09 April 2011
Amoklauf in the Netherlands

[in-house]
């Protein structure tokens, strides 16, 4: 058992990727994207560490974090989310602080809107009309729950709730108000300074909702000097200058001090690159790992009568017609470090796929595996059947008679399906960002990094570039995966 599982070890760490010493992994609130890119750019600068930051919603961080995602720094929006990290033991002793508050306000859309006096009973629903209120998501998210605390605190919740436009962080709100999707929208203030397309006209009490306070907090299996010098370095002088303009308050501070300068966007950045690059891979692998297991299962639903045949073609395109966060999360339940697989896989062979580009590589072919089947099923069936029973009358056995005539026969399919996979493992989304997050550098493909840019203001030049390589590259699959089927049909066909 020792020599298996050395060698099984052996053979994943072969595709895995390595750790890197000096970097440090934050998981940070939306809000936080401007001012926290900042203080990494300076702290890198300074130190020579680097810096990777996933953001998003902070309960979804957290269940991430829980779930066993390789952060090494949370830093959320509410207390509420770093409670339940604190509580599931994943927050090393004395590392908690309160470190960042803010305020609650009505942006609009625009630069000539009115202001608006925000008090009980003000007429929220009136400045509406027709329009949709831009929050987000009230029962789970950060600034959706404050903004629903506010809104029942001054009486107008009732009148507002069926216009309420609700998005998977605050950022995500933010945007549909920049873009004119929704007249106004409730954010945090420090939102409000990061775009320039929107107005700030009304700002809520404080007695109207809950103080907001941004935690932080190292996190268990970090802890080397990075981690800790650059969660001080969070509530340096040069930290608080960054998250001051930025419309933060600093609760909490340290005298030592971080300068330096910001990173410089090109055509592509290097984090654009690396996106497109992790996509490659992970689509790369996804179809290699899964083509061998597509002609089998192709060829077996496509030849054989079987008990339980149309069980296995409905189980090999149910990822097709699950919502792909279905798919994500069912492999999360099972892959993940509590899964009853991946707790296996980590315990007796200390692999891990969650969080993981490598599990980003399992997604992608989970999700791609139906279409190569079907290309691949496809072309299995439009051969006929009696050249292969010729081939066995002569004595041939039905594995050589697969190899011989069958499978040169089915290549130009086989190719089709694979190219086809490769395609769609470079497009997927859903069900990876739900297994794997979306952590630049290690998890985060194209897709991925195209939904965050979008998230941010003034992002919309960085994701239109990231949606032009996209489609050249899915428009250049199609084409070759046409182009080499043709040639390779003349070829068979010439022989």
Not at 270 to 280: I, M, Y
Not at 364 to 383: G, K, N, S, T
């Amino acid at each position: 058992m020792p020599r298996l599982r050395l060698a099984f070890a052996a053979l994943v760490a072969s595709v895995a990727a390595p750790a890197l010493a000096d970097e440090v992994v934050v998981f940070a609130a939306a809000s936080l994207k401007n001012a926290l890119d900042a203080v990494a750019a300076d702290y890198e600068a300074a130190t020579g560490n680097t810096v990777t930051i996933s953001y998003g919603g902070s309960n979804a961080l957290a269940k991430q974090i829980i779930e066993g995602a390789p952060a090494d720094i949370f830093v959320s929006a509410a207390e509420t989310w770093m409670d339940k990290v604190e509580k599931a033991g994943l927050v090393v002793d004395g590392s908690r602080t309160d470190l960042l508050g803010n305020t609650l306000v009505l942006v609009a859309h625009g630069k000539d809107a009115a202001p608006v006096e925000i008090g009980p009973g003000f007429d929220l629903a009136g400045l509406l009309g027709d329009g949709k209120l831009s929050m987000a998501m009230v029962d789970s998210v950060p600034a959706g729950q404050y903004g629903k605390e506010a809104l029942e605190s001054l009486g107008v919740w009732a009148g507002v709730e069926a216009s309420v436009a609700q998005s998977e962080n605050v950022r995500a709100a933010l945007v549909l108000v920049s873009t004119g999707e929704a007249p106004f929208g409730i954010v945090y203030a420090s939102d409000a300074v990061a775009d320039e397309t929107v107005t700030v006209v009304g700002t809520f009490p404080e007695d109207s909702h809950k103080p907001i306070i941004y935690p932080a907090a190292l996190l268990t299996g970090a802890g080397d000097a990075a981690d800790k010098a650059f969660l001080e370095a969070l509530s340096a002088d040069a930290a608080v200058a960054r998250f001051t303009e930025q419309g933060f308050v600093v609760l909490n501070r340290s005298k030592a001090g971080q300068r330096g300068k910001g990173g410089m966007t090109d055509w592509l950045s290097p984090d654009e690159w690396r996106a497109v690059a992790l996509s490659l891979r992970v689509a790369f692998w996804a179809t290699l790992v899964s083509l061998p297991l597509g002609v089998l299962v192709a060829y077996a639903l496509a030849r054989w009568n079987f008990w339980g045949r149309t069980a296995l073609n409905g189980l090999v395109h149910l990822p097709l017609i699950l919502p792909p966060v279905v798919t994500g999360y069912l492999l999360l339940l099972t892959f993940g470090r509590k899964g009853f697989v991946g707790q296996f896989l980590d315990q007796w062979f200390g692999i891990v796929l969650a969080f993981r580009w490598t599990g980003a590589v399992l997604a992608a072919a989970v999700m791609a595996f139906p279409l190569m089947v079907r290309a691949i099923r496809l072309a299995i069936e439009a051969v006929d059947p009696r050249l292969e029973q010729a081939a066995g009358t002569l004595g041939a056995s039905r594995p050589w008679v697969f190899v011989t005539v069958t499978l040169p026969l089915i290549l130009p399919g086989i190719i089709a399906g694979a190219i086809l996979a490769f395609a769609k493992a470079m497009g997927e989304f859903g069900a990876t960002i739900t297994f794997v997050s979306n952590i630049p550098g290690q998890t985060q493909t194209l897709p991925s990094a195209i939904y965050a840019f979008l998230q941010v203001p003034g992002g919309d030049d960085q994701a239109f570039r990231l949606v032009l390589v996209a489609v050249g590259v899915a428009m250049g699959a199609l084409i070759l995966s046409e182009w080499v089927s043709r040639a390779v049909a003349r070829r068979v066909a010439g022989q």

In a shopping mall near Amsterdam, a gun-club member apparently intent on death has taken at least six people with him. As I write, police are searching nearby shopping malls for bombs the killer claimed to have planted. His motive for suicide remains unclear to the general public. This is the part where I probably should say that not all gun enthusiasts, especially outside the U.S., are "gun nuts," though the shooter, who apparently had a legal wrangle over an alleged illegal firearm, might well merit the label. But while it is objectively true that not all gun collectors or hobbyists are "nuts" in the American sense of the term, it is also objectively true that any concentration of collectors or enthusiasts in an area makes an amoklauf more likely. Does that mean there shouldn't be gun clubs? I wouldn't go that far, but any such club should feel some responsibility to monitor its members more closely. I don't know if the shooter's club was dedicated to the history or craftsmanship of firearms, but distinctions should be drawn between presumably innocent reasons for collecting guns and more questionable motives. While I doubt his club membership had anything to do with the shooter's suicide run, we might wonder, and investigators will ask, whether other members noted anything worrisome about the man, and whether any kind of bias related to their common enthusiasm led them to give him a benefit of the doubt that has proven unwarranted. Let's put it this way: if some people believe that Muslims ought to monitor their own mosques for signs of "radicalism" that might result in violence, shouldn't they request the same of organizations whose ownership of or access to weapons is not in doubt.